Saturday, October 25, 2014

Catechism of the Catholic Church #29: "The Scandal of Bad Example"

Reading through the Catechism of the Catholic Church this year, I plan to share my thoughts on certain passages, hoping that they both inspire others to read and study the teachings of the Church and provide meaning and clarity to those who already do.

     "To reconvert society is often more difficult than original evangelization," states Fr. John Hardon. When we bank on the scandal of bad example, for instance, we become part of the anesthetized and spiritually bereft.
      Presenting a poor example of Christian love sends a negative shock wave through the world of the faithful.  Many examples exist of "faithful" Catholics who use the Church and her teachings to scare people into submission.  For instance, there are professed Catholics who walk around with pious attitudes, but in their hearts they harbor hatred, and if given the opportunity, they readily talk about people behind their backs. In any church parking lot after Mass, in the pew as the faithful filter in to worship, and in many ministries run within the church, "the scandal of bad example" rears its poisonous head. The perpetrators are not just the laity, however. Many religious and ordained are guilty, too.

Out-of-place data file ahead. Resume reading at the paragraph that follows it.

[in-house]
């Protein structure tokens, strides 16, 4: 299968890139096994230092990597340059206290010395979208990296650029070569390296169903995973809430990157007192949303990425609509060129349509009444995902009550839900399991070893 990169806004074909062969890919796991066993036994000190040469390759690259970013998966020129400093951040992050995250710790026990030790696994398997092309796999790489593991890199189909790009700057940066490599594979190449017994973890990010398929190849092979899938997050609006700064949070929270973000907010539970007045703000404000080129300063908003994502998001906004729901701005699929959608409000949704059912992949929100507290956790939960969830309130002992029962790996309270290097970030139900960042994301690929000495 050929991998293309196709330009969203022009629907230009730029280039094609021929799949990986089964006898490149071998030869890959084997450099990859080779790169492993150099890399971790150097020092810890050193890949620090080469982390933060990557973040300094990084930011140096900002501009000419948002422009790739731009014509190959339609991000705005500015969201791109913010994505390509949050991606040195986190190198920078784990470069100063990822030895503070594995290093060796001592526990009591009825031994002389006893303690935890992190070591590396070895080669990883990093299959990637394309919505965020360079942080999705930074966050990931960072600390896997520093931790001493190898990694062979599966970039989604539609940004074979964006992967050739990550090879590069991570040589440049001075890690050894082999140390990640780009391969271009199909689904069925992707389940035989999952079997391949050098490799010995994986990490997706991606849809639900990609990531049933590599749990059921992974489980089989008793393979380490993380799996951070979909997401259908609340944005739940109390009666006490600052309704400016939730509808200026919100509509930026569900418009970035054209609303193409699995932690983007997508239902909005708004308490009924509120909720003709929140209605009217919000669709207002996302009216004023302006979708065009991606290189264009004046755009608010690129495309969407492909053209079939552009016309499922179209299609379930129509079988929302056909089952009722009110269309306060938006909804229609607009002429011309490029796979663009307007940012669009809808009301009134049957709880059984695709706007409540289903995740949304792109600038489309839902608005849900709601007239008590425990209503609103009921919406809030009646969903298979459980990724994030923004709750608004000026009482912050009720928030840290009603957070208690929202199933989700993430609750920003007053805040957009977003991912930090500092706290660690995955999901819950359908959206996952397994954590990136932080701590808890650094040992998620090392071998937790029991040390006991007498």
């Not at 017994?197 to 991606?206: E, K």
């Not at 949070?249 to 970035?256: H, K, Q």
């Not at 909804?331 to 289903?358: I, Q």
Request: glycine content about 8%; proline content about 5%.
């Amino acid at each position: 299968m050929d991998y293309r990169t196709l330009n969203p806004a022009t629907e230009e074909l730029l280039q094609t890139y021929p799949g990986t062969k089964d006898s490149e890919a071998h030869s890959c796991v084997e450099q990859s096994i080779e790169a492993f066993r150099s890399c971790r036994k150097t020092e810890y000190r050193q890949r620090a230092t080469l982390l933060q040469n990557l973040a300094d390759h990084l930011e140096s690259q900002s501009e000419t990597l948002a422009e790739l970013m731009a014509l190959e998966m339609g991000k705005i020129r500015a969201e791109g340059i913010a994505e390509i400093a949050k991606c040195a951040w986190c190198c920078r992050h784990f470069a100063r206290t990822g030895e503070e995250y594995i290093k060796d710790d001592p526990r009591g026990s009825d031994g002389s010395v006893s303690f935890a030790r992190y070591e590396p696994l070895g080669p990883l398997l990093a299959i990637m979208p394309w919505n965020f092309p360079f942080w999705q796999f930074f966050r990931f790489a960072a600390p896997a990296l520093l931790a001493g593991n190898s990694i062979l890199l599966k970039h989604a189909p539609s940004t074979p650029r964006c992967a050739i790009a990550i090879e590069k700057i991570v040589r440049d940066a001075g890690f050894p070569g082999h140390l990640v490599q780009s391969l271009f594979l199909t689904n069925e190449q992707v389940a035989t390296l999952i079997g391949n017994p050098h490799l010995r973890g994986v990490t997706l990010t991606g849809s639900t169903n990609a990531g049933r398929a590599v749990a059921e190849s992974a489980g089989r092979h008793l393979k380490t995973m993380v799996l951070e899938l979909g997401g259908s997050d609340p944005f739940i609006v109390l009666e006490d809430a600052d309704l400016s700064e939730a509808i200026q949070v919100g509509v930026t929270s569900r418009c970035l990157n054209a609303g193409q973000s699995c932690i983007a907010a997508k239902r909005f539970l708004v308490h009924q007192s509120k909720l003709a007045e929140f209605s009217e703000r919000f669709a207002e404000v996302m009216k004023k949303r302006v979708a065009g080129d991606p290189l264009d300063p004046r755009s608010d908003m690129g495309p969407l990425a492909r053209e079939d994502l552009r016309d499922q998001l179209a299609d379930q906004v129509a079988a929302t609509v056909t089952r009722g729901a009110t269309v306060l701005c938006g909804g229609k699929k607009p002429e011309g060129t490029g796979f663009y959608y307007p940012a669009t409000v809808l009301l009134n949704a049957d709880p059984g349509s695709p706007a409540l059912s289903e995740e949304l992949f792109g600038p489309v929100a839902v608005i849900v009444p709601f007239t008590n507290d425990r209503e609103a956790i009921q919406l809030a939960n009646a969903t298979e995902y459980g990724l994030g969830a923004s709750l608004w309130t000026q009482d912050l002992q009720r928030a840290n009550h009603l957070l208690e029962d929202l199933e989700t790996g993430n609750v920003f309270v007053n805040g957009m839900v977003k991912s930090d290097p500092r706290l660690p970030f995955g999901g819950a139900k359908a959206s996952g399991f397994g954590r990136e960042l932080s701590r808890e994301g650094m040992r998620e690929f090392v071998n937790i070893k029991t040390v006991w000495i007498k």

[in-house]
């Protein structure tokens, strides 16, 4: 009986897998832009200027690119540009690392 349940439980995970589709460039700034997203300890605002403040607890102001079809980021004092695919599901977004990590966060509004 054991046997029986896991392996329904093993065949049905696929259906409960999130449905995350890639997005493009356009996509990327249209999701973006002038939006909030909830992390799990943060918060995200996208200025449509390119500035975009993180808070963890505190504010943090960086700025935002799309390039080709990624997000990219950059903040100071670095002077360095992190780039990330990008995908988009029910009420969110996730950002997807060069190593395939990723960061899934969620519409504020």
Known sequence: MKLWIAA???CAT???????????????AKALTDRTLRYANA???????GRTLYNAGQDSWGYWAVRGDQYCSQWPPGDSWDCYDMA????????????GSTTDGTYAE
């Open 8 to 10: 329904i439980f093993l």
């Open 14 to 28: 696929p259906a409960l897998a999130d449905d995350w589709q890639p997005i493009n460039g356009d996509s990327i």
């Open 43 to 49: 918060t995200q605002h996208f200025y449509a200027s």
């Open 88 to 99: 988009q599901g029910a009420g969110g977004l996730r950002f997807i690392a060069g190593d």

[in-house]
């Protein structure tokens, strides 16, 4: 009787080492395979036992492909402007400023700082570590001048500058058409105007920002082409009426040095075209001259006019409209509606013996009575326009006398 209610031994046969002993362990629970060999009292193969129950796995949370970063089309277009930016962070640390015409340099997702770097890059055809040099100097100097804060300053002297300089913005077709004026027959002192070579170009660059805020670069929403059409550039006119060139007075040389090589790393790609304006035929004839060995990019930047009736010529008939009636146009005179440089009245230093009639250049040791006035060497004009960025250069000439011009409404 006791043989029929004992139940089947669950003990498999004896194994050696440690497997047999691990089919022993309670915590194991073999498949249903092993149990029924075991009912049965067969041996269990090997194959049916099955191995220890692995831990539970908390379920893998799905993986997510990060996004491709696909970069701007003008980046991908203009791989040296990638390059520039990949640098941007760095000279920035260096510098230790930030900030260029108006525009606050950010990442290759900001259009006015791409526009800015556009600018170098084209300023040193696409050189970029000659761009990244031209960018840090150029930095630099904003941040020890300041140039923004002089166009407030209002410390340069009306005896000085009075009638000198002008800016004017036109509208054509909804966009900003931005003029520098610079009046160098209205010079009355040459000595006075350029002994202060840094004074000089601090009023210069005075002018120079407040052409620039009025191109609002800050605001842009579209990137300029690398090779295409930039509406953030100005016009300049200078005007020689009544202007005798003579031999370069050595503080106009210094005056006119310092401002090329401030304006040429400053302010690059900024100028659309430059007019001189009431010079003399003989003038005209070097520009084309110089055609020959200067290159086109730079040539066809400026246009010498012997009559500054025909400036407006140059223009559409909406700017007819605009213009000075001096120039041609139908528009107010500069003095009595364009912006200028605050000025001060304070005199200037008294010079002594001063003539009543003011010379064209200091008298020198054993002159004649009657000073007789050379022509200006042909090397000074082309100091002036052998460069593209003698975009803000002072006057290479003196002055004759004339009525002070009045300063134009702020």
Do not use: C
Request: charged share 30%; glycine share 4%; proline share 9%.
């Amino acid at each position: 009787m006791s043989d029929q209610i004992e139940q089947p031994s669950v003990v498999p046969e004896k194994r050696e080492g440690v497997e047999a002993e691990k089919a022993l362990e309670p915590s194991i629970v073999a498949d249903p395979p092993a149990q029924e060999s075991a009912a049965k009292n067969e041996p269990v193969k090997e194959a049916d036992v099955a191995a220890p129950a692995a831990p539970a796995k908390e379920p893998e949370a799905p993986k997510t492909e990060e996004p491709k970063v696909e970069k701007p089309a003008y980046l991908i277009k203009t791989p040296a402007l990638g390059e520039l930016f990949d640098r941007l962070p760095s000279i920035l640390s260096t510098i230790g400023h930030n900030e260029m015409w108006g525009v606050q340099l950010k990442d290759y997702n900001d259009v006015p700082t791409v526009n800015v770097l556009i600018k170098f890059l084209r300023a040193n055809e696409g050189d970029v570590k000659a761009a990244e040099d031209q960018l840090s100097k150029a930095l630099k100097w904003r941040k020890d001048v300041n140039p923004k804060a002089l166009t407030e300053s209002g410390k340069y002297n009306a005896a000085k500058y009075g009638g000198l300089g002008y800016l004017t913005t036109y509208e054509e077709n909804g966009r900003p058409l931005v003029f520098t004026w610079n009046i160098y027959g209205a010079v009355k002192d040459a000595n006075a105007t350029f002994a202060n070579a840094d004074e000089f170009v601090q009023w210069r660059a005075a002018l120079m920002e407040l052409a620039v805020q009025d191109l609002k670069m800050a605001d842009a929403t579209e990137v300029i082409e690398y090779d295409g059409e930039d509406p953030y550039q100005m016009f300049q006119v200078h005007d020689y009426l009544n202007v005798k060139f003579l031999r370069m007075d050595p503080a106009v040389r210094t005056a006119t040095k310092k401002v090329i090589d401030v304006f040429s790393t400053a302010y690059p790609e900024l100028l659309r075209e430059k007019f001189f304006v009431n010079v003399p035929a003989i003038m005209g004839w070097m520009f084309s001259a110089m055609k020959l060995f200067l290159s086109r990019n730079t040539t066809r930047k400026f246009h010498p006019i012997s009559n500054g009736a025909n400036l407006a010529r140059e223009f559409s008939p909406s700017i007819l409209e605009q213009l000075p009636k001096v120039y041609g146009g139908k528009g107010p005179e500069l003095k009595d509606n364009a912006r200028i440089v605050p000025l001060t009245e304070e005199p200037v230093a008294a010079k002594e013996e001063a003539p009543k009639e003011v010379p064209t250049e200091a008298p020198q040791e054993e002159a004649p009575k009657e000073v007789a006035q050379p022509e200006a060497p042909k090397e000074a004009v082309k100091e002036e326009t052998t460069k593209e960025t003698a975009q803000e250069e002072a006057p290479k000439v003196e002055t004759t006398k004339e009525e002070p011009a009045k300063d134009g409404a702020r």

I have, unfortunately, seen the effects of "the scandal of bad example" on people at work who at least seriously question Catholics and their beliefs, many of them professed Christians. Their stories are all the same: They witnessed abusive "Catholics" using a false interpretation of doctrine to belittle others, win arguments, and impose ideologies.
     Catholicism is a faith of love, and if it becomes anything outside of love, it is not of God and certainly not what Christ taught in the first century.  As Catholic Christians, we are not only required to study and know our faith but to put it into proper practice, a practice that radiates the love of Christ.  We are, moreover, to follow St. Paul's advice in his letter to the Philippians: